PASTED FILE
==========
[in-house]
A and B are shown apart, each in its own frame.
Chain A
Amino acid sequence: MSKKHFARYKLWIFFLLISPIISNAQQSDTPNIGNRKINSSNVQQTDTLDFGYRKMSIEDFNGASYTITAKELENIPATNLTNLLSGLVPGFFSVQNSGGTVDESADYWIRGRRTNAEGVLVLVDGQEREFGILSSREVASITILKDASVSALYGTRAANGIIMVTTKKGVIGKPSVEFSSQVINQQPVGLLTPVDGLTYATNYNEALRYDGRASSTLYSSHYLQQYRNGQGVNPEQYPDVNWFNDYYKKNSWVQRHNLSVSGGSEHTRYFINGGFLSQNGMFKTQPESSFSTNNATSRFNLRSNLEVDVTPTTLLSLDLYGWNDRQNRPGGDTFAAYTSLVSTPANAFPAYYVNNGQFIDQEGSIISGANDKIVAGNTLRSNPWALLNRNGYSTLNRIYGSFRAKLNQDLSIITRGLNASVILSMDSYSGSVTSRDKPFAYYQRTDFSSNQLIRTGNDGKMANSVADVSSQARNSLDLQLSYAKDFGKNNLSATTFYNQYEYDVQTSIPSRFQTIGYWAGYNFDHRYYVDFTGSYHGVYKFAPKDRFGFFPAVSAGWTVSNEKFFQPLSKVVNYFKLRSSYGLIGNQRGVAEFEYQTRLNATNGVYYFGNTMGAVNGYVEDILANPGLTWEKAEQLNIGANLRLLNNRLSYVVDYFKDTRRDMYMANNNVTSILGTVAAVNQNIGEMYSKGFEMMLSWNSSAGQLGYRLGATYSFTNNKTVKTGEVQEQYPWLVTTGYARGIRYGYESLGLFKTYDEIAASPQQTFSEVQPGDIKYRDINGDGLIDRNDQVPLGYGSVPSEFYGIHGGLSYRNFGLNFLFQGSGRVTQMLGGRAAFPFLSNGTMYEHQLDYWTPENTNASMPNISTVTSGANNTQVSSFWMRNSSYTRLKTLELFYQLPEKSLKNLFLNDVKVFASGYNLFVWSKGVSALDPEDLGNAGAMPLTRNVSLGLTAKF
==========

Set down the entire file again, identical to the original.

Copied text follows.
[in-house]
A and B are shown apart, each in its own frame.
Chain A
Amino acid sequence: MSKKHFARYKLWIFFLLISPIISNAQQSDTPNIGNRKINSSNVQQTDTLDFGYRKMSIEDFNGASYTITAKELENIPATNLTNLLSGLVPGFFSVQNSGGTVDESADYWIRGRRTNAEGVLVLVDGQEREFGILSSREVASITILKDASVSALYGTRAANGIIMVTTKKGVIGKPSVEFSSQVINQQPVGLLTPVDGLTYATNYNEALRYDGRASSTLYSSHYLQQYRNGQGVNPEQYPDVNWFNDYYKKNSWVQRHNLSVSGGSEHTRYFINGGFLSQNGMFKTQPESSFSTNNATSRFNLRSNLEVDVTPTTLLSLDLYGWNDRQNRPGGDTFAAYTSLVSTPANAFPAYYVNNGQFIDQEGSIISGANDKIVAGNTLRSNPWALLNRNGYSTLNRIYGSFRAKLNQDLSIITRGLNASVILSMDSYSGSVTSRDKPFAYYQRTDFSSNQLIRTGNDGKMANSVADVSSQARNSLDLQLSYAKDFGKNNLSATTFYNQYEYDVQTSIPSRFQTIGYWAGYNFDHRYYVDFTGSYHGVYKFAPKDRFGFFPAVSAGWTVSNEKFFQPLSKVVNYFKLRSSYGLIGNQRGVAEFEYQTRLNATNGVYYFGNTMGAVNGYVEDILANPGLTWEKAEQLNIGANLRLLNNRLSYVVDYFKDTRRDMYMANNNVTSILGTVAAVNQNIGEMYSKGFEMMLSWNSSAGQLGYRLGATYSFTNNKTVKTGEVQEQYPWLVTTGYARGIRYGYESLGLFKTYDEIAASPQQTFSEVQPGDIKYRDINGDGLIDRNDQVPLGYGSVPSEFYGIHGGLSYRNFGLNFLFQGSGRVTQMLGGRAAFPFLSNGTMYEHQLDYWTPENTNASMPNISTVTSGANNTQVSSFWMRNSSYTRLKTLELFYQLPEKSLKNLFLNDVKVFASGYNLFVWSKGVSALDPEDLGNAGAMPLTRNVSLGLTAKF